MEXICO CITY — The Mexico City elevated subway line that collapsed this week, killing 25 people, was problem-plagued and poorly designed from the day of its inauguration in 2012.
Passengers and authorities alike came to fear that the screeching and bouncing of wheels on the line’s tight curves were quickly wearing away the tracks, raising fears of an accident.
But few expected the thing would simply collapse.
However, an official 2017 survey of damage caused by a deadly 7.1 magnitude quake showed indications of construction defects that should have shut the line down immediately, according to an experienced structural engineer.
José Antonio López Meza said the defects detected in the subway system report — a sagging section of too-weak steel near the latest accident — is the kind of thing that could have contributed to Monday’s collapse.
Instead, authorities decided on quick patches, welding props under the bowed beams and reopening service.
“Here in Mexico, nothing is taken care of until a tragedy occurs,” said López Meza, who also is a seismic consultant who has worked on government projects. He said they are often not held to the same on-site inspection standards as private builders.
But authorities weren’t concentrating on structural defects. They had their hands full over the last decade simply trying to keep the subway train on its tracks, to avoid what could arguably have been have an even more nightmarish failure than Monday’s collapse involving two subway cars.
The $1.3 billion Number 12 Line, the newest section of a vast subway system opened in 1969, was ill-fated from the start. The so-called Gold Line cost half again as much as projected, suffered repeated construction delays and was hit with allegations of design flaws, corruption and conflicts of interest.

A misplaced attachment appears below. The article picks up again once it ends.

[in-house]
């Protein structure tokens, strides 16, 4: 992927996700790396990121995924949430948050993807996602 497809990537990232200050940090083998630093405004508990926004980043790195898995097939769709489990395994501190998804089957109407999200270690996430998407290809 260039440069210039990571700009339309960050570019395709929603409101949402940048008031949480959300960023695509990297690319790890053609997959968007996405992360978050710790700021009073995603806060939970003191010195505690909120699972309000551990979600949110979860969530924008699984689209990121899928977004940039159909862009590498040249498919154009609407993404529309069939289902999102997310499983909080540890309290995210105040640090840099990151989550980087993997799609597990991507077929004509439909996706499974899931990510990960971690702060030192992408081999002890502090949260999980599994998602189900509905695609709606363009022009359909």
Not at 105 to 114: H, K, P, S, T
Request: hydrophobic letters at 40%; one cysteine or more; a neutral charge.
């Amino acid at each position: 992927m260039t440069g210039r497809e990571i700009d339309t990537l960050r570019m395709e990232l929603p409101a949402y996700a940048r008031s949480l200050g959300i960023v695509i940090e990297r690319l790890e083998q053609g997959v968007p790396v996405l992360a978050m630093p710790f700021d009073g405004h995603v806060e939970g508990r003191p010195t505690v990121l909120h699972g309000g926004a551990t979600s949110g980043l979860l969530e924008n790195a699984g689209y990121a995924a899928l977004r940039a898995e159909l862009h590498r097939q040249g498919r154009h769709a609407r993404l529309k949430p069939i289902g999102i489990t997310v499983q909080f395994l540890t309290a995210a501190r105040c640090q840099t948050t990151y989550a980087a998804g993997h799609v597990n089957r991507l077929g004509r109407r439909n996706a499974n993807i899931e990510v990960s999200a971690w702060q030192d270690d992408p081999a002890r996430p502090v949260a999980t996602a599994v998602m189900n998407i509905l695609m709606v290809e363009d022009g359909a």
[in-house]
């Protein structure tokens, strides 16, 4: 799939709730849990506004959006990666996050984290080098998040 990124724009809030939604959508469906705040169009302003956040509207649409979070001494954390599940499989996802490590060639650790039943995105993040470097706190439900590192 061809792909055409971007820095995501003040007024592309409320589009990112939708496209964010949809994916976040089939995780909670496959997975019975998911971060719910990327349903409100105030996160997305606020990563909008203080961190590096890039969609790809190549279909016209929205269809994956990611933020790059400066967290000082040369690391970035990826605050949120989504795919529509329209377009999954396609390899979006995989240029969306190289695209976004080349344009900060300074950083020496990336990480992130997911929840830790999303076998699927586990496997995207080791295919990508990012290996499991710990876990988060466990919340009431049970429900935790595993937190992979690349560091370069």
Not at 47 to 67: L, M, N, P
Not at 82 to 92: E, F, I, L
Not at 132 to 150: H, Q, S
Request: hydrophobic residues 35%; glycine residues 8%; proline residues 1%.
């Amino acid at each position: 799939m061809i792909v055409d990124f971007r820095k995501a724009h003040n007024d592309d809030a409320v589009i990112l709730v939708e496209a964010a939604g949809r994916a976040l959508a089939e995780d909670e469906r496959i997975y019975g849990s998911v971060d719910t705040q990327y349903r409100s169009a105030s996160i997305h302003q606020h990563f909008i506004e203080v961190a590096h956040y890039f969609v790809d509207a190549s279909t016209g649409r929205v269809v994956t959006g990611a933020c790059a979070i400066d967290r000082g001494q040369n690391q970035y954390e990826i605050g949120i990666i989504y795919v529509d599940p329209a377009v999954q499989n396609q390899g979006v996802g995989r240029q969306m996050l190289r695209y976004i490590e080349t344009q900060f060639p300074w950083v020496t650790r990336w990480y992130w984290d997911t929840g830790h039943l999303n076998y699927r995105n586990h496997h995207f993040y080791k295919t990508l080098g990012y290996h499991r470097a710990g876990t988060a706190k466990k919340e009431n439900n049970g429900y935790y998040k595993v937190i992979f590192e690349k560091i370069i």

A top executive of one of the companies that built it was the brother of the man who oversaw the project for the government.
The scandal over forced closure of the costly new line in 2014 — just 17 months after it was inaugurated — essentially forced former Mexico City Mayor Marcelo Ebrard into political exile until he was rescued by his patron, new President Andrés Manuel López Obrador — who had helped make him mayor in 2006 and resuscitated him by naming him foreign relations secretary in 2018.
Despite the subway scandal, Ebrard was put in charge of Mexico’s efforts to obtain coronavirus vaccines and was considered a top contender to succeed López Obrador in 2024. That was before Monday’s accident. Ebrard has said he’ll cooperate with the investigations.
Reports by engineering firms revealed Ebrard’s city government had made a series of startlingly wrong choices when the subway line was designed and built between 2008 and 2012.
Experts said unusually sharp curves in the route exacerbated problems with the wheels-on-steel track design, which more resembles New York’s subway rather than the European-style rubber tires used on the rest of the system.
The Gold Line line chattered. It bumped. It shook. It screeched. The rails began to take on a wavy pattern. Drivers had to slow trains to as little as 3 mph (5 kph) on some stretches.
In 2014, the Gold Line had to be shut down for months for the tracks to be replaced or ground into shape.